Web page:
Where, for whatever reason, tracks were originally unissued on shellac disc, but have appeared subsequently in either vinyl or CD format (a fair sprinkling by the likes of Jimmie Davis and Bob Wills and His Texas Playboys spring to mind) this fact is usefully noted.  But even where such reissues are absent, there exist a number of test pressings in private hands (that of Joe Bussard, for instance - I recently reviewed a CD compiled from his collection for this site), but these priceless, often unique copies remain undocumented here.  So too - unlike the afore-mentioned Godrich, Dixon and Rye and Spottswood tomes - are the hundreds of items made under the auspices of the Library of Congress and other corporate institutions.  Such listings had been a staple feature of the early issues of Old Time Music, and perhaps we may hope for their inclusion in future editions.

A review is certainly not the ideal, or even particularly appropriate place to extensively chronicle minor faults, typos and omissions (I'll be sending a list to Tony following a more detailed and extensive trawl), but limited examples from a few such areas is, I think, acceptable.

At times, opportunities for noting more accurately the names of certain musical participants have been missed.  'Duke' Clark, for example, was Theodore Clark.  Mellie Dunham was Alanson Mellen Dunham, and Smoky Wood was John Bryce Wood.  Tony Russell certainly knows all this, though, and it's clearly just an oversight.

Brian Rust's The Victor Master Book Volume 2 (1925-1936) (it's been a decade or so since I last said this, so it's perhaps worth repeating - there never was a first volume) gives the classically trained musician and recording studio enabler Eli E Oberstein as 'Conductor' of the National Barn Dance Orchestra's session of 1933, suggesting a more formally organised studio band, perhaps along the lines of Henry Ford's Old Time Dance Orchestra, which performed a closely-related repertory, and has been deliberately (and perhaps unfairly) excluded here.  Incidentally, the Ford-sponsored group and Mellie Dunham's Orchestra were in Victor's New York Studios on consecutive days in January 1926, committing to posterity a similar selection of largely Old World tunes, including some tracks featuring dance calls.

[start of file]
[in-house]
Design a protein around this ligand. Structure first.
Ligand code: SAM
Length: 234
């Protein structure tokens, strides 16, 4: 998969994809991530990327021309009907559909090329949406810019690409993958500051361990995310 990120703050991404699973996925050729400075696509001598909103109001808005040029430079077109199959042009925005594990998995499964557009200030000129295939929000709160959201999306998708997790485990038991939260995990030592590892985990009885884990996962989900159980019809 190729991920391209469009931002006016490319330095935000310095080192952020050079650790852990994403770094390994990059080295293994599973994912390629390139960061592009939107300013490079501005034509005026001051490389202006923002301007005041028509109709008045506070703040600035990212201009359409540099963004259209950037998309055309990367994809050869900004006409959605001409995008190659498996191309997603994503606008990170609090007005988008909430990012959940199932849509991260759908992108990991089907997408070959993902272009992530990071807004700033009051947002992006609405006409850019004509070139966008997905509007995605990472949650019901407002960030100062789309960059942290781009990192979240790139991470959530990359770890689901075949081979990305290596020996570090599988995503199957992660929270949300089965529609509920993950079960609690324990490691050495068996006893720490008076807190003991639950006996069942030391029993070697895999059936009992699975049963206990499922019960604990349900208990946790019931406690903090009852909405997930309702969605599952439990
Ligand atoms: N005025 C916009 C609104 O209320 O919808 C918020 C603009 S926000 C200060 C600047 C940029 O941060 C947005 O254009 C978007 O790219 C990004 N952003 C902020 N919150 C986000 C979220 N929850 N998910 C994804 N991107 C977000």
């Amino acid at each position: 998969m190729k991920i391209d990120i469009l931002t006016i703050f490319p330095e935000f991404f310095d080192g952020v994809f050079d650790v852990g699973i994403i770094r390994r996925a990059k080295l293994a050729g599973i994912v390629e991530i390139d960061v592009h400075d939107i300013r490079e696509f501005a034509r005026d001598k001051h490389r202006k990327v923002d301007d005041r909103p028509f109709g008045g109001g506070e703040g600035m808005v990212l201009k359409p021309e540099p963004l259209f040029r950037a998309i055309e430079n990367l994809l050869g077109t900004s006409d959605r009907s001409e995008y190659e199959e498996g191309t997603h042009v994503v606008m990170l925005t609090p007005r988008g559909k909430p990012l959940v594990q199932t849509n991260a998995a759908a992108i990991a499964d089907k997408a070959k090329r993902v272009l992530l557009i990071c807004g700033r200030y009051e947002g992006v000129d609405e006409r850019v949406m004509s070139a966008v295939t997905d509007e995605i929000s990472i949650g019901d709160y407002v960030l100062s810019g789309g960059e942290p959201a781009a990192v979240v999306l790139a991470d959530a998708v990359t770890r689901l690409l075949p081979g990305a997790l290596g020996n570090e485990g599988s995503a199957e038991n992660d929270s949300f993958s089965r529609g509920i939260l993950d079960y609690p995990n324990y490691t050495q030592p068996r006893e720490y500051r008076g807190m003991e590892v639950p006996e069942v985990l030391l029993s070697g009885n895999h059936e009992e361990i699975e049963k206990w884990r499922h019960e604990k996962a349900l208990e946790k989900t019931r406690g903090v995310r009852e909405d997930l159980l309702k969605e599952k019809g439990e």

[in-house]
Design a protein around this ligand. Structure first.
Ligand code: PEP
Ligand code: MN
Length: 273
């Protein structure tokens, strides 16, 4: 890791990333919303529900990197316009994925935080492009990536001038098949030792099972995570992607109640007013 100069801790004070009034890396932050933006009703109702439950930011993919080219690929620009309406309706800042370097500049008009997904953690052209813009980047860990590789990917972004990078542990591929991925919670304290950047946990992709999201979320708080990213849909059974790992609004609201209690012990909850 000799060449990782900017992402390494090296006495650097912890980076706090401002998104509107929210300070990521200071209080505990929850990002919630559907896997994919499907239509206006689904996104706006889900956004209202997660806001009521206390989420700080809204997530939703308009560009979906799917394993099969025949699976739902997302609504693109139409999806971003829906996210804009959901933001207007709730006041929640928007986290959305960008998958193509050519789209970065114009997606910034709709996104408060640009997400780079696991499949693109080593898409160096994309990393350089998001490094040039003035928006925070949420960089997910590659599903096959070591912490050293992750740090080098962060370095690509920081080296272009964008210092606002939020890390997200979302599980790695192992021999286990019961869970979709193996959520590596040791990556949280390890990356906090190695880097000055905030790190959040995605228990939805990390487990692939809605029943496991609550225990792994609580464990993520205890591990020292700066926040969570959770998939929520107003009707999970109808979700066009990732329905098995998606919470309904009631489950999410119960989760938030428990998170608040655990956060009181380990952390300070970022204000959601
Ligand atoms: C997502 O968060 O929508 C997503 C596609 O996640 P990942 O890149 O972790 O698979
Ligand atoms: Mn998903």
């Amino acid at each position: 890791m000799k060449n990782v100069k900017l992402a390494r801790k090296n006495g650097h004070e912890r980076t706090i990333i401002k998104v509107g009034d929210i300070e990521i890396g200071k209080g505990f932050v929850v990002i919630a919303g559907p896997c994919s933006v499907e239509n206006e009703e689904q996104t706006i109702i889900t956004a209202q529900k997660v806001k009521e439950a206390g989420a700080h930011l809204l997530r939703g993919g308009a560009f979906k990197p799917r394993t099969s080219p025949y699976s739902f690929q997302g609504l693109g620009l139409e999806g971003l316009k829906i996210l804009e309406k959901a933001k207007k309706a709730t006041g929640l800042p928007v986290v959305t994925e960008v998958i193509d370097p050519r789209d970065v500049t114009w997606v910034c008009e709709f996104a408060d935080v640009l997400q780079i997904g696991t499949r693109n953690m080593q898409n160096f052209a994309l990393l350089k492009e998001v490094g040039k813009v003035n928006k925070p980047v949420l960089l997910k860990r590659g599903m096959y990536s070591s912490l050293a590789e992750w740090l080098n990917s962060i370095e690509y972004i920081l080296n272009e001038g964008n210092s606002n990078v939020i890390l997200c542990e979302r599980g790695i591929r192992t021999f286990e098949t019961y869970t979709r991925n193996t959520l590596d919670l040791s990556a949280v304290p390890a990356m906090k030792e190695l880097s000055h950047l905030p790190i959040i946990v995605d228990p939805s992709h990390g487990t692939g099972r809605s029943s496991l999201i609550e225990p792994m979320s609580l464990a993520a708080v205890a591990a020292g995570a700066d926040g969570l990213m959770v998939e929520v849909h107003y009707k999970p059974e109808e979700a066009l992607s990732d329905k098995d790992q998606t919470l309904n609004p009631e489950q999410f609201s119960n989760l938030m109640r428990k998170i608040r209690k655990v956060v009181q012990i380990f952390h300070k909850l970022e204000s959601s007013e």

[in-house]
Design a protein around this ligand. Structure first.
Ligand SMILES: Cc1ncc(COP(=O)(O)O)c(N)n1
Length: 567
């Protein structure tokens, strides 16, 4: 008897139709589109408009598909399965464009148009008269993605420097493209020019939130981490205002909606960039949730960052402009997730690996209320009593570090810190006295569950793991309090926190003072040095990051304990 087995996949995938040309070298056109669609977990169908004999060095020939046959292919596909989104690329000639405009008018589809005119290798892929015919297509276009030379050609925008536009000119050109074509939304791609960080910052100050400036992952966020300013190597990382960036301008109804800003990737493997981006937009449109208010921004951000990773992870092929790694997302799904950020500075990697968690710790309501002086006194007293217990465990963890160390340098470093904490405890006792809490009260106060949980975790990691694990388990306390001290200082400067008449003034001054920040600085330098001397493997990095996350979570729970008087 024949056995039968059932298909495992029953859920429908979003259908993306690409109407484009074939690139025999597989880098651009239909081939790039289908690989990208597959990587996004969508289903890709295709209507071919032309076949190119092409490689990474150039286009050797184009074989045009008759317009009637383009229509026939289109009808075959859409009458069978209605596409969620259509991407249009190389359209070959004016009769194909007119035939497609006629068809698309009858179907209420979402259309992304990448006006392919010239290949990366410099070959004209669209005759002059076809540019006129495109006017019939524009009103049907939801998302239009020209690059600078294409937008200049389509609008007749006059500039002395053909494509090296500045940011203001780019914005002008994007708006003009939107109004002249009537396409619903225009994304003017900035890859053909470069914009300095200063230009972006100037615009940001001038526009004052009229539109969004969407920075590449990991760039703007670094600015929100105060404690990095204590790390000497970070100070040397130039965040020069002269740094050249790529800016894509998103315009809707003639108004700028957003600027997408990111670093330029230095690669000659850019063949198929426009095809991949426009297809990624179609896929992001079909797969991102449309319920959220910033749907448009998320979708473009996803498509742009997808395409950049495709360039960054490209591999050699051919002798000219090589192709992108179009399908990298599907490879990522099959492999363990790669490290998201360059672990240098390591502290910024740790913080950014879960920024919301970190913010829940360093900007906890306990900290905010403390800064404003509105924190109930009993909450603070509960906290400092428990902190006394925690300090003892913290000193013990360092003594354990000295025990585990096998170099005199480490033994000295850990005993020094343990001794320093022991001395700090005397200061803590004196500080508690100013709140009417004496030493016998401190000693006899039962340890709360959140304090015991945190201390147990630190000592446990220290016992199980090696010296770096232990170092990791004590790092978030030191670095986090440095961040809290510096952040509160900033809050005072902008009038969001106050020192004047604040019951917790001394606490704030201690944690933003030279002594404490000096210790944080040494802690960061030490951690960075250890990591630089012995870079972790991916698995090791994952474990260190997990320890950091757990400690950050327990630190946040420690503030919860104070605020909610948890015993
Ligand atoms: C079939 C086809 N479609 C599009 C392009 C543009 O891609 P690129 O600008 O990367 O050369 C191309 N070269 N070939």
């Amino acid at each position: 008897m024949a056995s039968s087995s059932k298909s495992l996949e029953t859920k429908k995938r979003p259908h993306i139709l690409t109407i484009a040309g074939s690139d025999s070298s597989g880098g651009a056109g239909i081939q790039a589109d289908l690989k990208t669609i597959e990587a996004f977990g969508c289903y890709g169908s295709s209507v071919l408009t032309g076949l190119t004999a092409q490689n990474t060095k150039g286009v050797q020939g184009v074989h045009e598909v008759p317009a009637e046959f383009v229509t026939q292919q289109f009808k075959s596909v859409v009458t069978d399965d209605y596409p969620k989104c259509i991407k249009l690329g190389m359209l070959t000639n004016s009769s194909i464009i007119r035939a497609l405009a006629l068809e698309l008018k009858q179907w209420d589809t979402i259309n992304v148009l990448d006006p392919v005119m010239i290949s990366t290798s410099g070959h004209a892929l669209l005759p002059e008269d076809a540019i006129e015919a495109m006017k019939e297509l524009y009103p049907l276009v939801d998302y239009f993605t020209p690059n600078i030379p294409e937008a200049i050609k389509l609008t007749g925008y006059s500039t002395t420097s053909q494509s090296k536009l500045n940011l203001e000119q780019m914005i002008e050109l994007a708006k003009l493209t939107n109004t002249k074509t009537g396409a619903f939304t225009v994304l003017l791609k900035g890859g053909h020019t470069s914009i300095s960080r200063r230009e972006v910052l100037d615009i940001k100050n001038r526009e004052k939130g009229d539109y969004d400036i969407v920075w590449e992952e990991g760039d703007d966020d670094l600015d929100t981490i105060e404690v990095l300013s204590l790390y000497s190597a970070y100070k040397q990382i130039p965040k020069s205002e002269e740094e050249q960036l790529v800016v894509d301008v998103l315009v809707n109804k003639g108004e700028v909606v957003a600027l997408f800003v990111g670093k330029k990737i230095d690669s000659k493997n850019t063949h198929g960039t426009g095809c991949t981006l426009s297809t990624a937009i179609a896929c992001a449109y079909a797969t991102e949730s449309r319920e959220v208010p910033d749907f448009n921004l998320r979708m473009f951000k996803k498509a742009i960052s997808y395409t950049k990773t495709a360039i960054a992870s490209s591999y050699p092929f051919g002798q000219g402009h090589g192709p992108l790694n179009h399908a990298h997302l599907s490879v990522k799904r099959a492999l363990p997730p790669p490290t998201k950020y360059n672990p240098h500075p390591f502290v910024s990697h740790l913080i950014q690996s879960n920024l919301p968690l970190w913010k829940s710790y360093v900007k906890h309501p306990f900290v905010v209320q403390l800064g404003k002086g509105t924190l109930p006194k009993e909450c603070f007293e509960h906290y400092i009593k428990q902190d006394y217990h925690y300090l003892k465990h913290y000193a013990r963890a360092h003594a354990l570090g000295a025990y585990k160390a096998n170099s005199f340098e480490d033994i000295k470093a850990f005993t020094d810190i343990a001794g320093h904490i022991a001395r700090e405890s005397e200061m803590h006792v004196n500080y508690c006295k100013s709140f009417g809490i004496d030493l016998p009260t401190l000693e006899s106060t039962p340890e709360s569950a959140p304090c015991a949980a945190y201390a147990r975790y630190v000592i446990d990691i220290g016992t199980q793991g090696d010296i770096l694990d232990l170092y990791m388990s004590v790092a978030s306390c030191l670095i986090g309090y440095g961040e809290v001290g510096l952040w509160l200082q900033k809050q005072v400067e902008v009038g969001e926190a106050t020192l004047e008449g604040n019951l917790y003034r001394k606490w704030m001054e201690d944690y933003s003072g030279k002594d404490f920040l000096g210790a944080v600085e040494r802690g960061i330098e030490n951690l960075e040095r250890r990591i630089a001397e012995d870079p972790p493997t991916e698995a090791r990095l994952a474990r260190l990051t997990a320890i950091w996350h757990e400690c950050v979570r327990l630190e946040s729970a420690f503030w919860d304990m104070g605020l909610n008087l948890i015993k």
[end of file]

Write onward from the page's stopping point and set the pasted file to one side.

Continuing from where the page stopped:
It has been suggested elsewhere that, on aural grounds, 'King' Bennie Nawahi is the steel guitar player on the Grey Gull matrix 3869-B by the 'Small Town Players', and that the date, given here as 'January/February 1930', should more accurately be circa 30 January 1930.  Certainly Nawahi was recording for that company a short time earlier, with matrices 3824-B and 3825-A,B, and is known to have been in New York City making tracks for Columbia on 30 January 1930.

An examination of the label of Uncle Joe Shippee's 1926 tune medley on Perfect 11236 - Miss McCloud's Reel; Peel Her Jacket; Pig Town Fling - would have revealed the transposition of the second and third selection.  Similarly, the label of Mellie Dunham's Orchestra's 1926 coupling on Victor 20537 - given simply as Medley Of Reels here, evidently citing a source from the original company files - actually names the featured tunes : Medley of Reels: 1 Irish Washerwoman, 2 Lannigan's Ball, 3 Campbell's are Comin, backed with Medley of Reels: 1 Miss McCloud's Reel, 2 White Cockade, 3 Johnny Coakley.